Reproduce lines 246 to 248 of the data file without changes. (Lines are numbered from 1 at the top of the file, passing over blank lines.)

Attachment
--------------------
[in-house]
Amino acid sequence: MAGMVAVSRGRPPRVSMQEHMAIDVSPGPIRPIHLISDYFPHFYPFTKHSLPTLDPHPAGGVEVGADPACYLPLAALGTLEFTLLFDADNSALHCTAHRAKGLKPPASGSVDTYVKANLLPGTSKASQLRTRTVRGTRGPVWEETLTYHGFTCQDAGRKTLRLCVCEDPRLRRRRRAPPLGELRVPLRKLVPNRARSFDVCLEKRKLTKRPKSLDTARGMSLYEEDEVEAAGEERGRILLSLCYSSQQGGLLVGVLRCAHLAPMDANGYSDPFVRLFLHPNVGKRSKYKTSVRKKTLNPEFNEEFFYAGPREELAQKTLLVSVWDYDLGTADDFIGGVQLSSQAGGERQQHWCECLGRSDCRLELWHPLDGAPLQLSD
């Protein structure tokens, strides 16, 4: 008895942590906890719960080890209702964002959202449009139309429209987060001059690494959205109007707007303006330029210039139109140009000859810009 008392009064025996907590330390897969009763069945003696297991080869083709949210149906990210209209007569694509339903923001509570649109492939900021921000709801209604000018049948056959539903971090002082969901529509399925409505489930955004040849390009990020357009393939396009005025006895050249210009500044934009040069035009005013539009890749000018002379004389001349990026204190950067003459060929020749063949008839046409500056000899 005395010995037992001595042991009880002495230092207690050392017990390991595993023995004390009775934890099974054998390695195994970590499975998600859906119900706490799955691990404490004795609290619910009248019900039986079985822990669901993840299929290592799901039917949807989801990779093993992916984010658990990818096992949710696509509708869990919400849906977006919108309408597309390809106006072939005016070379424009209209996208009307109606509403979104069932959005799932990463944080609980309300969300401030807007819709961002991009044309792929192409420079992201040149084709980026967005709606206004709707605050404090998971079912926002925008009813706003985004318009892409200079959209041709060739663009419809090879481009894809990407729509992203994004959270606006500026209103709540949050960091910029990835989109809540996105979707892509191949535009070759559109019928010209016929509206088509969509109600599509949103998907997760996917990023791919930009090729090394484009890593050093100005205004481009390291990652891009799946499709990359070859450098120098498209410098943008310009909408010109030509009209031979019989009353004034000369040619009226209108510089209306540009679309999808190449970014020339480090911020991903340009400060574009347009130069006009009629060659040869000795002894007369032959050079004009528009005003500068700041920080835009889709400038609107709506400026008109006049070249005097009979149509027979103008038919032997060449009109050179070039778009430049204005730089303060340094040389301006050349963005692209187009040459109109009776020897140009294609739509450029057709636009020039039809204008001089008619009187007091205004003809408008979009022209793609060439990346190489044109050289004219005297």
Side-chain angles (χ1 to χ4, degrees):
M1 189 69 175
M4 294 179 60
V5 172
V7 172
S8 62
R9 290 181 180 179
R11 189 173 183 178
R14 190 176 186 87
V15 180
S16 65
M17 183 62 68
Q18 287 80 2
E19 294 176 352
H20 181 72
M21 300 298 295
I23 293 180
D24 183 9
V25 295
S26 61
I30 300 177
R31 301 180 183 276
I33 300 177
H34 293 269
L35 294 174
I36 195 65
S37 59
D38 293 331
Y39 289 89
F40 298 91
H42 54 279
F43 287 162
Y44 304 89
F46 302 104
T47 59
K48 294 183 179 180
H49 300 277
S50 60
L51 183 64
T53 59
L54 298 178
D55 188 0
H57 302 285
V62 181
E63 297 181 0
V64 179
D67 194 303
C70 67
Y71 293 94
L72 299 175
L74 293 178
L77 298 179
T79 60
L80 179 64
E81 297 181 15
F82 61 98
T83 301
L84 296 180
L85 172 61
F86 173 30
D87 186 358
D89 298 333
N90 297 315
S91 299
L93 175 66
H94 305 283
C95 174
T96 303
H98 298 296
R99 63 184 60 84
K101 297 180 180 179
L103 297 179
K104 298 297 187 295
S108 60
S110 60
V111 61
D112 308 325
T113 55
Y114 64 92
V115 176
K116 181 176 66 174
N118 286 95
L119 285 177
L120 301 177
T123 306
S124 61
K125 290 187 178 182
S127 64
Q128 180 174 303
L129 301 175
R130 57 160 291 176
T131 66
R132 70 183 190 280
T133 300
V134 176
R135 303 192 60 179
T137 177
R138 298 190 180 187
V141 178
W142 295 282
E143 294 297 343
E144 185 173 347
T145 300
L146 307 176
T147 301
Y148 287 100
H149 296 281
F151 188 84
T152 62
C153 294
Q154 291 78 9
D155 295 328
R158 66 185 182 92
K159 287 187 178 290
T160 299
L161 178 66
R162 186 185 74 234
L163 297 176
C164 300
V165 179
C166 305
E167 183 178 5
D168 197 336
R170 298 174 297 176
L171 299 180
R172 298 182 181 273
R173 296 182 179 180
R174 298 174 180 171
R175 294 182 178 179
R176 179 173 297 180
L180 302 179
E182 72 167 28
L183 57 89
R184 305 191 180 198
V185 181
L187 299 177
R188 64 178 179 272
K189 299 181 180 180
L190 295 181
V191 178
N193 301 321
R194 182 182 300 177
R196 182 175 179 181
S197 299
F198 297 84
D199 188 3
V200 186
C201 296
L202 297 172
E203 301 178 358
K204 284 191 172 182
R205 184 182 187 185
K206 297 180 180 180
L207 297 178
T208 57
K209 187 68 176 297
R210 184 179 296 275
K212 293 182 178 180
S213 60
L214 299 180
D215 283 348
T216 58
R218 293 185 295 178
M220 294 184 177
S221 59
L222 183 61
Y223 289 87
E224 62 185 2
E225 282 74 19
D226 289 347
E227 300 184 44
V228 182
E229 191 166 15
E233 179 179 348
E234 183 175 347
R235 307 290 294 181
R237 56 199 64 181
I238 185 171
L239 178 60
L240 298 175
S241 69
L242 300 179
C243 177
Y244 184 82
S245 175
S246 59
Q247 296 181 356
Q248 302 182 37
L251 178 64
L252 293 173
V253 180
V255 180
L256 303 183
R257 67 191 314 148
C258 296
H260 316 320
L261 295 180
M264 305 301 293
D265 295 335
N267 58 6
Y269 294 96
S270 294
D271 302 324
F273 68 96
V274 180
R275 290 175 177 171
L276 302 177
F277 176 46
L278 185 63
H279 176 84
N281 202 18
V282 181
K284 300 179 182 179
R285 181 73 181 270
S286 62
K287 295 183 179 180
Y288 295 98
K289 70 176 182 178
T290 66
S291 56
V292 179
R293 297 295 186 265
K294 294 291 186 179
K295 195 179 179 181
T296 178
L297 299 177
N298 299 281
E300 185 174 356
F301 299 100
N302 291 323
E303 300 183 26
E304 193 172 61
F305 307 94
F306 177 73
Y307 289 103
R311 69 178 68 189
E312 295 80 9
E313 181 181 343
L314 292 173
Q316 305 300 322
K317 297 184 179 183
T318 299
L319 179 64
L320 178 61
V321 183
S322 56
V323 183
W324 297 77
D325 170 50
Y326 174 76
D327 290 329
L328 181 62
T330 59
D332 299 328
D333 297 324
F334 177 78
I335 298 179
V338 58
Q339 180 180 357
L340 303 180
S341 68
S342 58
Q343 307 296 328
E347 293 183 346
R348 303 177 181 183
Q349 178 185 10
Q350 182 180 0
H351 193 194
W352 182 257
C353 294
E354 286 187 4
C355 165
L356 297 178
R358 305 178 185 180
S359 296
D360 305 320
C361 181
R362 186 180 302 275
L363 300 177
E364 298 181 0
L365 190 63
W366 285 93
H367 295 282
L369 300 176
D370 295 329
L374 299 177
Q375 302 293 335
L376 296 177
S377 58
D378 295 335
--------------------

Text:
L319 179 64
L320 178 61
V321 183